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How Your Social Media Account Can Affect Your Job Prospects

Posted by: Georgia Dowson
25/05/2017

Think about how easy it is to find old class mates, a stranger from the pub or a friend of a friend on Facebook, Instagram or Twitter. An employer can do the same, and it may damage your career depending on what you have on there.


In a survey carried out by Technojobs, 61% of employers who researched potential candidates on social media decided not to hire them based on the contents of their profile.
This may sound harsh, but when hiring, a company makes sure to consider someone who can represent the values of their company accurately and respectively. That seemingly harmless photo of you with a glass of champagne at your cousins wedding may be the deciding factor in whether or not to consider you for the job. Many people feel that their personal lives shouldn’t interfere with their career life, but once online, a post, photo or video isn’t personal anymore and is only a quick search away.


Some common mistakes that people make on their social media accounts are obvious; posting photos whilst intoxicated and making tasteless or profanity fuelled comments. However, there are many mistakes that can be made unintentionally which could have negative implications for you and your success. Some of these include:
• Plagiarism. Make sure that if you ever post someone else’s work, whether an article, photo or video that you credit the artist or author.
• Sharing news about a job offer. Job offers may be confidential, and are no indication that you have actually managed to secure the job. Employers may see your harmless post about a job offer as untrustworthy and quickly revoke the offer.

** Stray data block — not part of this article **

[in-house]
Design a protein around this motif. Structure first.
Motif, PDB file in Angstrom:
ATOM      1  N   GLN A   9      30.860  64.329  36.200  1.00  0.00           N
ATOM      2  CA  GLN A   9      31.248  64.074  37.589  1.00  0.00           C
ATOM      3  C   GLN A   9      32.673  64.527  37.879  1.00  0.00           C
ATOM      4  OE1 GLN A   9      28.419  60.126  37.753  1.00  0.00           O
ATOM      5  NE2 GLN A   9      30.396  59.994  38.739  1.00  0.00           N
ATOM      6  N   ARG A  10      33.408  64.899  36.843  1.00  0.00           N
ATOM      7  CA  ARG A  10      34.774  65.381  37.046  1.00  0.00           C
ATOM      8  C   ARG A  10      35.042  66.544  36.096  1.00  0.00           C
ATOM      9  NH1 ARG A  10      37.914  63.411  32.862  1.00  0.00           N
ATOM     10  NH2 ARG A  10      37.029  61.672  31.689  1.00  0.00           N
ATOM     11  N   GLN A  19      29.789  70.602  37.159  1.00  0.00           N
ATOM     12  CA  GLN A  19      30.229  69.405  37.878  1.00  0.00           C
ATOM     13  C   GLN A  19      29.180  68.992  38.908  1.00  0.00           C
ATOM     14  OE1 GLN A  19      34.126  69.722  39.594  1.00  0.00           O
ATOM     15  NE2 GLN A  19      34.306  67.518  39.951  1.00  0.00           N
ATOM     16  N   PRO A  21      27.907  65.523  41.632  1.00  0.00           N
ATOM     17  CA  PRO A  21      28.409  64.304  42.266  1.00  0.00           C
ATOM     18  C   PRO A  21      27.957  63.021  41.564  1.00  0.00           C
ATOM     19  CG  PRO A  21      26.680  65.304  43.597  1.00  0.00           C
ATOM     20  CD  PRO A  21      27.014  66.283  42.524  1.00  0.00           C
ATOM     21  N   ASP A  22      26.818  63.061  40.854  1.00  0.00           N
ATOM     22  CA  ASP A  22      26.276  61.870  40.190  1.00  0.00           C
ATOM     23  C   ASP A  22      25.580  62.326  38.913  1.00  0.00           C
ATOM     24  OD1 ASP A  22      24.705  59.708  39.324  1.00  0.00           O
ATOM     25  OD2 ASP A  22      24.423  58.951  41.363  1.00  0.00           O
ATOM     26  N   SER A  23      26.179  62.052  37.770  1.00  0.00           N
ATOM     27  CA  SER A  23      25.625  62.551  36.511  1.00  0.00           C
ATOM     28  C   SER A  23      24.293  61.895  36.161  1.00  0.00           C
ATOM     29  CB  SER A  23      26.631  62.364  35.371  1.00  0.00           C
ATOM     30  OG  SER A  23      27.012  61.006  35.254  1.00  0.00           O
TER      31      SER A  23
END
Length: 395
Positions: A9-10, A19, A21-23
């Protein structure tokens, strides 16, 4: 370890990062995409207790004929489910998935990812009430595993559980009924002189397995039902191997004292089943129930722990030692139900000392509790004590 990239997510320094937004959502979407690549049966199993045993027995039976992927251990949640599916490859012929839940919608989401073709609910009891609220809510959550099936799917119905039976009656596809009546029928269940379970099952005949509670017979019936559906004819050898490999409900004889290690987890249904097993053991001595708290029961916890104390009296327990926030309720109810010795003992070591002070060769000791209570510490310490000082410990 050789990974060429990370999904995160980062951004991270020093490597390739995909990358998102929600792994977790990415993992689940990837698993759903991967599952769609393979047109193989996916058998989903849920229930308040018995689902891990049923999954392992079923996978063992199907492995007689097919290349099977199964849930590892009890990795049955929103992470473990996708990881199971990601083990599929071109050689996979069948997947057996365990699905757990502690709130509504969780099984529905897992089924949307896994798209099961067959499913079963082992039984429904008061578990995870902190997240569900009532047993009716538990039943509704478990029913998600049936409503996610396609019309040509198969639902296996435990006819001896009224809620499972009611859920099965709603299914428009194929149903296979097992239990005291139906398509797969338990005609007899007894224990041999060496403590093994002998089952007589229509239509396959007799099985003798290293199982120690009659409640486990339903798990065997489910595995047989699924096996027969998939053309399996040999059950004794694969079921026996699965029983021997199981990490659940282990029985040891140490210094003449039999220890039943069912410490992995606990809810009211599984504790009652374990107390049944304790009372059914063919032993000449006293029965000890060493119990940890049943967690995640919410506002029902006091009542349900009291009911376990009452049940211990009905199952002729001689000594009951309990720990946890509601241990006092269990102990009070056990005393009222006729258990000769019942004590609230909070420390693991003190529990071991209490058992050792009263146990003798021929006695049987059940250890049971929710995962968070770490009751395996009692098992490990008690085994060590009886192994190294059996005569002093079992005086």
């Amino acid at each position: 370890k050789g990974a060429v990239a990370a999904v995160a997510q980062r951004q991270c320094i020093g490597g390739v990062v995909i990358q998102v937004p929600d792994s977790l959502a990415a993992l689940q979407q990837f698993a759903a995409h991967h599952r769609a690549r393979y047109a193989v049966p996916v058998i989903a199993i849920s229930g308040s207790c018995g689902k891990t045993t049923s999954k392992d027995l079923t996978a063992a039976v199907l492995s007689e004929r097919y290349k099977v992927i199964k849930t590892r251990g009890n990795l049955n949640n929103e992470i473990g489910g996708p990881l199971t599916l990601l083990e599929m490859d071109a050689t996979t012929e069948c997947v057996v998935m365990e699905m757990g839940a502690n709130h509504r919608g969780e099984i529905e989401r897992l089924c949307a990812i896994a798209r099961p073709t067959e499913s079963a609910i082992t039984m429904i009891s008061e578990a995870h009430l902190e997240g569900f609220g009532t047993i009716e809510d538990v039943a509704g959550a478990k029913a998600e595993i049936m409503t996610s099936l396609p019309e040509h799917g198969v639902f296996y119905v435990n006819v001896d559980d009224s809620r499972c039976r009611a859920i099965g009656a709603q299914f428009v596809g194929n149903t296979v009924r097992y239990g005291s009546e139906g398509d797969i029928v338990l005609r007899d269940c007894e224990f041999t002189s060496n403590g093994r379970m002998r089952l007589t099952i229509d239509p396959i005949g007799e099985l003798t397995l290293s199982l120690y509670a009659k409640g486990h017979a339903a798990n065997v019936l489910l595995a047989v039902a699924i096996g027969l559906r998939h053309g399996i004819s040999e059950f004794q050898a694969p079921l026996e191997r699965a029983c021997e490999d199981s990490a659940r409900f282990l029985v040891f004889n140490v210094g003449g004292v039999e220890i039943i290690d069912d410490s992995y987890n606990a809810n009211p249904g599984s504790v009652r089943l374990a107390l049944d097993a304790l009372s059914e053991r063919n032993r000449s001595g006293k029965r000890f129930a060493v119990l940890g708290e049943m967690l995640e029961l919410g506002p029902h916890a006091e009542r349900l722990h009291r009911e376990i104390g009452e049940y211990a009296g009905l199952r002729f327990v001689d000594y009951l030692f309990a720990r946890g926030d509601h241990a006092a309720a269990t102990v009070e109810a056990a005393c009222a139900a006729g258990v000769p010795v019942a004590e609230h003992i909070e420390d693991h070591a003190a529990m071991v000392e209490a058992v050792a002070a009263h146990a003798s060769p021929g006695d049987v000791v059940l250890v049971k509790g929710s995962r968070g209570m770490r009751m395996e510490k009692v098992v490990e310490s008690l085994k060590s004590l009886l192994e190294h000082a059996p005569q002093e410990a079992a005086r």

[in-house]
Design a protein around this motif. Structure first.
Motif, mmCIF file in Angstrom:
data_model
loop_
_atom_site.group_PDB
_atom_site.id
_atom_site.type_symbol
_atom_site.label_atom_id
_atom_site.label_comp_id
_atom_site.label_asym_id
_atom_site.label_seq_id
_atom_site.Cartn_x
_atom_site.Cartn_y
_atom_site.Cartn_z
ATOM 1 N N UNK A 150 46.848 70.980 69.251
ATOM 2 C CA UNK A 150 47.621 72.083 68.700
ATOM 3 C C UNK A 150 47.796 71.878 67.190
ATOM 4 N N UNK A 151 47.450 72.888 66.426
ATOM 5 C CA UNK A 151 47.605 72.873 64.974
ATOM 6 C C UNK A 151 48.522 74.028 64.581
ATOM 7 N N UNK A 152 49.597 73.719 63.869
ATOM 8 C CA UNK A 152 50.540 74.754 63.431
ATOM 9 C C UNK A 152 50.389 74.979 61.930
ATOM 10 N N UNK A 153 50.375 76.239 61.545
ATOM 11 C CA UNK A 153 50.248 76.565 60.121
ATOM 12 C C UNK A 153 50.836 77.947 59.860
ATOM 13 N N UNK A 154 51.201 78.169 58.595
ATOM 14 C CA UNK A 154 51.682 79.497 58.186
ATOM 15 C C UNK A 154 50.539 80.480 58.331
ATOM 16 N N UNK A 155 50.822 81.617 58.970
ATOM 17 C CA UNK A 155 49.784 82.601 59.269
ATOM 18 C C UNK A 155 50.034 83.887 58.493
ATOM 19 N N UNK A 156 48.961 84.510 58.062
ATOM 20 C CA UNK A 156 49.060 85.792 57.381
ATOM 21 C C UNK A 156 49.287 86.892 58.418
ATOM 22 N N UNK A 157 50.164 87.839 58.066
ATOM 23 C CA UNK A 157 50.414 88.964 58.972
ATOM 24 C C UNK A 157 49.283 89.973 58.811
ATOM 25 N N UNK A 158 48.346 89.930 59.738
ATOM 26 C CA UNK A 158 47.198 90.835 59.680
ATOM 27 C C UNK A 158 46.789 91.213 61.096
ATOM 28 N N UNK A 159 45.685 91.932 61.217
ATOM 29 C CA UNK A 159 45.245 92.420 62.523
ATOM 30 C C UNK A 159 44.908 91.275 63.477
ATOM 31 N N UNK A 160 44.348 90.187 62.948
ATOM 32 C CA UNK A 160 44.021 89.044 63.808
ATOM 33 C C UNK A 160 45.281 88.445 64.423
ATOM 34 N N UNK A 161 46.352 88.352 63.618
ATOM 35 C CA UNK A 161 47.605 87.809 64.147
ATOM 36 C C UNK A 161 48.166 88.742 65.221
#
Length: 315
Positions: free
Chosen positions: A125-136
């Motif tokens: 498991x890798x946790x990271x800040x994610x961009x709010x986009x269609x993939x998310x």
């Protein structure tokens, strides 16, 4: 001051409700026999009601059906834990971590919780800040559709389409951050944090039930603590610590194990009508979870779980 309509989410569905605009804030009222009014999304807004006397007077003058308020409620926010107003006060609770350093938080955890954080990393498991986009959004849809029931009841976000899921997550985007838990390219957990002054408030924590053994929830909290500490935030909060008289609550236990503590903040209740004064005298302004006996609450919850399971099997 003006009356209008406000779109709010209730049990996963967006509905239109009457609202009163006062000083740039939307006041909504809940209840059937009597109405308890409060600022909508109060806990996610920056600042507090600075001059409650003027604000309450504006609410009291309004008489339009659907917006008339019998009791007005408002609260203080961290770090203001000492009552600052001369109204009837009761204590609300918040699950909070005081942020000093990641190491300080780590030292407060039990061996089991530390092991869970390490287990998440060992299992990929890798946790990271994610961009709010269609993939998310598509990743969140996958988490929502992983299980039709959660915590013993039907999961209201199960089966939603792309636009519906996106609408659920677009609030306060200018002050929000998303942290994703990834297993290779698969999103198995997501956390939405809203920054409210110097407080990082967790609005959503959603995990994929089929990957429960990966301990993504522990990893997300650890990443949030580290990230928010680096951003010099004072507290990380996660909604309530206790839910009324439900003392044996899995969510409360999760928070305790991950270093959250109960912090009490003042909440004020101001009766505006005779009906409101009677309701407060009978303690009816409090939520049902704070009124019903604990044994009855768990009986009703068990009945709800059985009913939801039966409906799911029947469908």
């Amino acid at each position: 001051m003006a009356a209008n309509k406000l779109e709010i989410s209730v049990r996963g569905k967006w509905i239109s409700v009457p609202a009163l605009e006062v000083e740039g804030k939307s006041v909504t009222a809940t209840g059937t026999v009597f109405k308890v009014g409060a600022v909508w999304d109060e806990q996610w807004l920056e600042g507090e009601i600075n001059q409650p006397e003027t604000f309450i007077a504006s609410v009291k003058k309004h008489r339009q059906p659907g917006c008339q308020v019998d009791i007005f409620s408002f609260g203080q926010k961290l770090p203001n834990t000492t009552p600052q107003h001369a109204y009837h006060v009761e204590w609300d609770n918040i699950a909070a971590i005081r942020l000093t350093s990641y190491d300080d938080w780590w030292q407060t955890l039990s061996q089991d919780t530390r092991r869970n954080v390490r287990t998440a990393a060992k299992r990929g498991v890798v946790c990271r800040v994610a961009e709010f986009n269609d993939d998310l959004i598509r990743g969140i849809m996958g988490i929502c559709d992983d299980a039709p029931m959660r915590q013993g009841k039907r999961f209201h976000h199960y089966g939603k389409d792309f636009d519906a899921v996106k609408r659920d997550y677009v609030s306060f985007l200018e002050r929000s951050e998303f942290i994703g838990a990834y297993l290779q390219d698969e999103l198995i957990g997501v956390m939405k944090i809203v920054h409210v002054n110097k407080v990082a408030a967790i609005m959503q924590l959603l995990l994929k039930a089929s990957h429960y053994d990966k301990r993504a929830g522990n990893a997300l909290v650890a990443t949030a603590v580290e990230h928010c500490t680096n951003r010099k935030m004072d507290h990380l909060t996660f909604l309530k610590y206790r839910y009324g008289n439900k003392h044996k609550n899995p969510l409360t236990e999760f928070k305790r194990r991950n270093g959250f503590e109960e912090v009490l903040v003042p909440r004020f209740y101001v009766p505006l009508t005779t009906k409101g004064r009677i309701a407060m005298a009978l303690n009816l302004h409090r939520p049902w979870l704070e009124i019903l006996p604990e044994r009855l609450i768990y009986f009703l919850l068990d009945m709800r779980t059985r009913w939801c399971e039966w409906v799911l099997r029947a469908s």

• Clutter on your home page or profile. Your social media account can be seen as an alternate C.V. Just like a C.V, you’d like your profile to come across neat and organised with updated details, and minimised the amount of unnecessary junk.
• Using “texting” or abbreviated language. This may display to an employer that you have poor communication skills.
• Displaying inaccurate or different information about time periods at previous jobs or qualifications.


As easy as it is to make these mistakes, it’s also incredibly easy to fix them; and the cleaning up or “pruning” of your social media accounts does not only have to serve to get rid of any content that may inhibit your job, but can be the time to promote the best parts of yourself which you could offer to a potential workplace.


According to a survey carried out by CareerBuilder, 29% of surveyed hiring managers found something positive on a profile that drove them to hiring a candidate. Use your social media accounts as a way to promote your skills, back up professional qualifications, advertise your professional image, or display how great of a communicator you are.


Other ways you can build a professional and employer safe social media presence include:
• Adjusting your privacy settings allows you to pick and choose what posts you want to be seen by the public, friends or whatever your personal preferences are.
• Cleaning up your profile picture. If you job hunting, remove any photos of you that could be deemed inappropriate. Instead, pick a clear photo that not only promotes your professional side but shows your personality as well. So no, you probably shouldn’t use that picture of you with a beer in hand at Oktoberfest, it may scream “party animal” rather than “well travelled”.
• Creating a LinkedIn profile to advertise your professional image. You can upload your job history, skills and education and it’s a great way to connect with companies and businesses.
• Making sure that your information on all your profiles is clear, consistent and correct as well as using appropriate spelling and grammar.


Although it may seem like a hassle, these quick changes and mistakes could really make or break your job success. At the end of the day, it is up to you to monitor what you are posting on social media, and make sure that you are promoting the best parts of yourself. After all, you never know when that messy weekend trip to Ibiza could come up in a future job interview!

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